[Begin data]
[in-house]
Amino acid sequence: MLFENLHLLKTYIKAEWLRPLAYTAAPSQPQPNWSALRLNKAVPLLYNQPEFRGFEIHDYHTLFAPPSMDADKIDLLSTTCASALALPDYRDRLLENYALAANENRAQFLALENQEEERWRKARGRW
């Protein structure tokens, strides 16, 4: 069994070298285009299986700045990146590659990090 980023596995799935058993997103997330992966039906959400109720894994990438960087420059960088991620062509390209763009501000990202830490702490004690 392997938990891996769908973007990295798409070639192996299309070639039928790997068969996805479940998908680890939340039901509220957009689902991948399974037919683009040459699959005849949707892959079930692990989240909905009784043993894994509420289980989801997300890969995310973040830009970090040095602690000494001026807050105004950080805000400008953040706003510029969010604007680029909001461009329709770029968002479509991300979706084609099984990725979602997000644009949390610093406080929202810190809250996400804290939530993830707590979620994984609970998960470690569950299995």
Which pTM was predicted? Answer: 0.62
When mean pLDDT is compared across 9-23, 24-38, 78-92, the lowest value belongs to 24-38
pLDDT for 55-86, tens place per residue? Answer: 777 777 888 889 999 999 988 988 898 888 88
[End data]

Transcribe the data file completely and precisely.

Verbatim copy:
[in-house]
Amino acid sequence: MLFENLHLLKTYIKAEWLRPLAYTAAPSQPQPNWSALRLNKAVPLLYNQPEFRGFEIHDYHTLFAPPSMDADKIDLLSTTCASALALPDYRDRLLENYALAANENRAQFLALENQEEERWRKARGRW
């Protein structure tokens, strides 16, 4: 069994070298285009299986700045990146590659990090 980023596995799935058993997103997330992966039906959400109720894994990438960087420059960088991620062509390209763009501000990202830490702490004690 392997938990891996769908973007990295798409070639192996299309070639039928790997068969996805479940998908680890939340039901509220957009689902991948399974037919683009040459699959005849949707892959079930692990989240909905009784043993894994509420289980989801997300890969995310973040830009970090040095602690000494001026807050105004950080805000400008953040706003510029969010604007680029909001461009329709770029968002479509991300979706084609099984990725979602997000644009949390610093406080929202810190809250996400804290939530993830707590979620994984609970998960470690569950299995």
Which pTM was predicted? Answer: 0.62
When mean pLDDT is compared across 9-23, 24-38, 78-92, the lowest value belongs to 24-38
pLDDT for 55-86, tens place per residue? Answer: 777 777 888 889 999 999 988 988 898 888 88